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Originally posted by OzWeatherman
Now, oil cant actually evaporate as a whole. It is composed of many components, including benzene, hydrocarbons, nitrogen, sulfur and various heavy metals. The temperature at which oil will begin to break down and seperate these components is approximately 650F (400C), which is a temperature the earth is not capable of producing naturally. However, lighter components within the oil such as some hydrocarbon based gases will be lost in the few days through evaporation, while the heavier, more toxic parts of the oil (such as the polyaromatic compounds, which are the more carcinogenic compounds) will be left in the water.
Fortunantly, hydrocarbons will not bond with water molecules, meaning there will not be any trace of these within the water droplets and ice crystals forund in rain bearing clouds (including benzene). However, due to the light weight of these materials, they are able to be transported with winds. (Where and in how much of a concentration these affect, is highly dependant on wind directions and speed). This is probably why, many residents of beaches within close proximity to the spill, may expererience slight nasuea or headaches, along with a faint smell. Astnmatics shoudl take particlar care, as these chemicals have the potential to irritate the throat and lungs in high enough levels. Hopefully though, before it these materials reach inland, the chemicals will have been dispersed enough to safer levels.
So, recapping what I said:
1. It will not rain oil, as the components either too heavy in molecular weight, or will not bond with water molecules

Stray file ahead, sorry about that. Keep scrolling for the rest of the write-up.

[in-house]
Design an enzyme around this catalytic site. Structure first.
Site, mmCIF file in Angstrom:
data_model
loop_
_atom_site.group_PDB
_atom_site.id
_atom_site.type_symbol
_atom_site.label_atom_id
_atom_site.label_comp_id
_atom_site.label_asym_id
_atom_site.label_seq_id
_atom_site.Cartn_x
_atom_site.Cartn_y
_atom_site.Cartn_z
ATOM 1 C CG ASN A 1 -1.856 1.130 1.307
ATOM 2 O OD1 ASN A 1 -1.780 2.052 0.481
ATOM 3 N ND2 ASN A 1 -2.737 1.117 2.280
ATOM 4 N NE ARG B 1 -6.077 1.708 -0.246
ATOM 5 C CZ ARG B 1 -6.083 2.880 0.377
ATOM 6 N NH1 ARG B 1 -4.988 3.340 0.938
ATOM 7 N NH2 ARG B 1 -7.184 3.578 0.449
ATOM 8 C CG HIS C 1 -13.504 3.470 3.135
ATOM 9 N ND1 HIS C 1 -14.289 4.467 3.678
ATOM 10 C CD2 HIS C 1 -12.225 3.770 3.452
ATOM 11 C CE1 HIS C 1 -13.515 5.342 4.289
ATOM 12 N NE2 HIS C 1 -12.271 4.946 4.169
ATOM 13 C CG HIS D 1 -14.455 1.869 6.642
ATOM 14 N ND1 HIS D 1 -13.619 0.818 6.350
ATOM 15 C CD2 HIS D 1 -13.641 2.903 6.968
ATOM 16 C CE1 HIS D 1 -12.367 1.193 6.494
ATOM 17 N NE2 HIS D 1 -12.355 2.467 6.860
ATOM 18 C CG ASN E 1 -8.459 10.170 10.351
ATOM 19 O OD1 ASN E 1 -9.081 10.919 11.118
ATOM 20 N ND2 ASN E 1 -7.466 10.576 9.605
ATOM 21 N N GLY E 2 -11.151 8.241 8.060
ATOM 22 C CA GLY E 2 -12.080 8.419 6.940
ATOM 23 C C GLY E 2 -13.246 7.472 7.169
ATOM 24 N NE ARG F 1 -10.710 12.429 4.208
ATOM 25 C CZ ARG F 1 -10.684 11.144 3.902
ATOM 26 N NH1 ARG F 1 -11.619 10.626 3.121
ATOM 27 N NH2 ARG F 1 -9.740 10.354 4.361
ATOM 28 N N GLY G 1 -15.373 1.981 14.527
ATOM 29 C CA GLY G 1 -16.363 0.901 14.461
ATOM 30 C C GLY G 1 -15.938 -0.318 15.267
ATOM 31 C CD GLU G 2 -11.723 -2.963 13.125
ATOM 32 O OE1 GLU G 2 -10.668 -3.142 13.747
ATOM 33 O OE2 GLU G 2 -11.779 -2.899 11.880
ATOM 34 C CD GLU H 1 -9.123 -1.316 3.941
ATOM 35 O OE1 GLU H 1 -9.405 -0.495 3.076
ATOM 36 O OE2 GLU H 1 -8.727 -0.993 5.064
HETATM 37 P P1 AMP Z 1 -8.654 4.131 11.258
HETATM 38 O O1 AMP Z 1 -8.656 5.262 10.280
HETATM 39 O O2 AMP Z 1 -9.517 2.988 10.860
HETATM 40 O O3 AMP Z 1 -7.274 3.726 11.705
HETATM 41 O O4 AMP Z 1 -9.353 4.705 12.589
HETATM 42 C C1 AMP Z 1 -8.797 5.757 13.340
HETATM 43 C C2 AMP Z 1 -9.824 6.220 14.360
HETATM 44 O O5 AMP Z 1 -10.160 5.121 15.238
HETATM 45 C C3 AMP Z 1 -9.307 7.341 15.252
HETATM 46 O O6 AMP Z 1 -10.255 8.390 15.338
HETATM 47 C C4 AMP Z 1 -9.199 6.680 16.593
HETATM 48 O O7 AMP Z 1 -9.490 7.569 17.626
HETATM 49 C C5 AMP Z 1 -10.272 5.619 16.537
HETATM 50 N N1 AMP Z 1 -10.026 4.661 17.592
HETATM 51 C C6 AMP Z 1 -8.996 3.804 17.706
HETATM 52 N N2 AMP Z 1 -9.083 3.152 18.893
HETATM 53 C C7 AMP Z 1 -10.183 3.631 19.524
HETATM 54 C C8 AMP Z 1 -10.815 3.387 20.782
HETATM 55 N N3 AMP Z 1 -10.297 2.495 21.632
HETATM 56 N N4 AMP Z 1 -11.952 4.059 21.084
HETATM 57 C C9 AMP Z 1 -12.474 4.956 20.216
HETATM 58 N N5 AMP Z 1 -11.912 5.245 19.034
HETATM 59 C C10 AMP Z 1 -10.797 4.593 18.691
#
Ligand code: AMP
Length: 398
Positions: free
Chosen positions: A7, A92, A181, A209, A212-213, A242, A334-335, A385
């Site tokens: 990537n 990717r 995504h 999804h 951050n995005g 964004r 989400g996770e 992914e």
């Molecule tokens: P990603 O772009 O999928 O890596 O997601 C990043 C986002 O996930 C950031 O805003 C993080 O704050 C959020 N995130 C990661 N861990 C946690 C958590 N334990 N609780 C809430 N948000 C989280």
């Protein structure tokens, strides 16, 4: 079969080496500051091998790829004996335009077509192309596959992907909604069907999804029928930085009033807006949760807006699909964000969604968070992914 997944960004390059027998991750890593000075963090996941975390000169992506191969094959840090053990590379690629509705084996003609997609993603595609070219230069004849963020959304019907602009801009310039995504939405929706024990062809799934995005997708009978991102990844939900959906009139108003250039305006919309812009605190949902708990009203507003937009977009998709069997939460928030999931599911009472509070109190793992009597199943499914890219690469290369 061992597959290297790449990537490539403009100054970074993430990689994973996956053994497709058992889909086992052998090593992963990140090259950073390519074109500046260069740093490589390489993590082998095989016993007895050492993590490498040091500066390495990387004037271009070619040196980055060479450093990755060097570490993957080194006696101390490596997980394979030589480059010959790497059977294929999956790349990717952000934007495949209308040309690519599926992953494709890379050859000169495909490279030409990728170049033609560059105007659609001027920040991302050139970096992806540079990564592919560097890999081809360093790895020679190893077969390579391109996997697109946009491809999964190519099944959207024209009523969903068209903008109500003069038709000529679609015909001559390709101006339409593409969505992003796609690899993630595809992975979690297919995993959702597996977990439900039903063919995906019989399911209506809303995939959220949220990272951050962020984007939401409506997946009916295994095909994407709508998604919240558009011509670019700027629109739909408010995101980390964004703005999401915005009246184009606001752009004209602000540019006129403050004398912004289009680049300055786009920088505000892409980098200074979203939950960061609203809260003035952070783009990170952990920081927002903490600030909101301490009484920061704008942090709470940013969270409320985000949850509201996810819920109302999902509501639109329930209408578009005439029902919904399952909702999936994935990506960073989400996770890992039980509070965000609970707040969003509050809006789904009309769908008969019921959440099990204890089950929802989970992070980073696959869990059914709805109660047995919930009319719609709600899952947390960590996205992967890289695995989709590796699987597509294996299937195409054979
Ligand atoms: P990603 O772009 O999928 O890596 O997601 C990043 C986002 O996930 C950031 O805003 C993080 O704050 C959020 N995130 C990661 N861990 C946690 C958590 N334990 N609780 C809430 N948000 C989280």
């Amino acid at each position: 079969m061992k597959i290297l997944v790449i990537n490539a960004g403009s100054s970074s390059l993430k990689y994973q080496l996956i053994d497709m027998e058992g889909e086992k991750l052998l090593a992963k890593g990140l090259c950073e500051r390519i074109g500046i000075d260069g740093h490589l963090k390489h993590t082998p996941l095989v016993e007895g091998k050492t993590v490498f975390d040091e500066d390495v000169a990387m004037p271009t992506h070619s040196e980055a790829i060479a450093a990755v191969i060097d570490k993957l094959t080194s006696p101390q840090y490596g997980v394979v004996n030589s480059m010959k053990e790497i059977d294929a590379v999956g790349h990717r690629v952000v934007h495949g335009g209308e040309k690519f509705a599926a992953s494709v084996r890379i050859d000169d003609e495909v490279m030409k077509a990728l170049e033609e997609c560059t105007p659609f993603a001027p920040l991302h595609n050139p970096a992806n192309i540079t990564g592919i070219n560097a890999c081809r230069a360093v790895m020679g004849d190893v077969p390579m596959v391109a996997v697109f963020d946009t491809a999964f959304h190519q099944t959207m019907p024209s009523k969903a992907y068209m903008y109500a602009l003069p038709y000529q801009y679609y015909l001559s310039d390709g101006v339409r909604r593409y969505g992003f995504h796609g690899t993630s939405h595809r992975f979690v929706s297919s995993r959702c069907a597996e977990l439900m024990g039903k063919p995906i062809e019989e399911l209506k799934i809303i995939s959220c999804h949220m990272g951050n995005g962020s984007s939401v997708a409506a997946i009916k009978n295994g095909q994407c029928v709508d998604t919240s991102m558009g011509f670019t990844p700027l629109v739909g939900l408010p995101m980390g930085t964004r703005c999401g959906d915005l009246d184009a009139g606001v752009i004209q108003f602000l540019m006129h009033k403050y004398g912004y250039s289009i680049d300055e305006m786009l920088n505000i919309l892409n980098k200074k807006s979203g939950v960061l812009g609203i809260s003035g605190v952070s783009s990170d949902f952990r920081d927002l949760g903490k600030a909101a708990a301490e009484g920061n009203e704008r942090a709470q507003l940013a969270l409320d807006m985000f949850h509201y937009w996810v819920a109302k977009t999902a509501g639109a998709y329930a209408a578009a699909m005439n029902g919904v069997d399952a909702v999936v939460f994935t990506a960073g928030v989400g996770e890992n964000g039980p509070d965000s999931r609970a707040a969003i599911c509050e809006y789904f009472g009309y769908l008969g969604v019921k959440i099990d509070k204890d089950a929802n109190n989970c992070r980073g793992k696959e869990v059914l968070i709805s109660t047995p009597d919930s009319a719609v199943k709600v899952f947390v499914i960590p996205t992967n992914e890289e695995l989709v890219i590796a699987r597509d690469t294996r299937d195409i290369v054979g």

2. Air pollution from the lighter chemicals may cause issues, but will be highly dependant on winds
Relax a little bit people, it will not rain oil, its physically impossible for this to occur, but as I mentioned, also be wary of winds and people with respiratory illness should pay particular attention to the forecast of wind directions.
Originally posted by tetrahedron
Weather phenomena with the presence of crude and the products of combustion have been observed, furthermore:
“Previous investigations of the weathering of crude oilslicks on the sea have demonstrated that all of the lower boiling components evaporate or dissolve within a few hours of slick initiation (2-5). Although little is known of the relative percentages of loss of these slick components due to evaporation and dissolution, it is assumed that they are mainly lost by evaporation, at least under conditions of low sea-surface roughness. Detailed studies of the fate of slick components during the early stages of slick aging are crucial because the lower boiling fractions contain almost all of the lethal components of the slick (6)”
Originally posted by Alethea
Why have my flowers stopped blooming?
I am near the gulf and we have rain almost every day.
Originally posted by trolleleet
Another OP working for BP sigh, they are taking over the world.
"The following compound groups were identified in the precipitation samples: n-alkanes in the range of n-C13-n-C26, acyclic isoprenoids (mainly pristane and phytane), polycyclic aromatic hydrocarbons with 3-6 condensed aromatic rings and in some cases also their aliphatic derivatives, oxygenation products of polycyclic aromatic hydrocarbons, carboxylic acids and their methyl esters, phenol derivatives, sterols and several functionalised compounds of anthropogenic or vegetation origin such as dihydromethyljasmonate, diethyltoulamide and 8,12-epoxylabd-14-ene. n-Alkanes present in the samples show a distribution type similar to that found in both coal extracts or in crude oils (Fig. 1). It indicates the importance of these sources participating in air contamination. "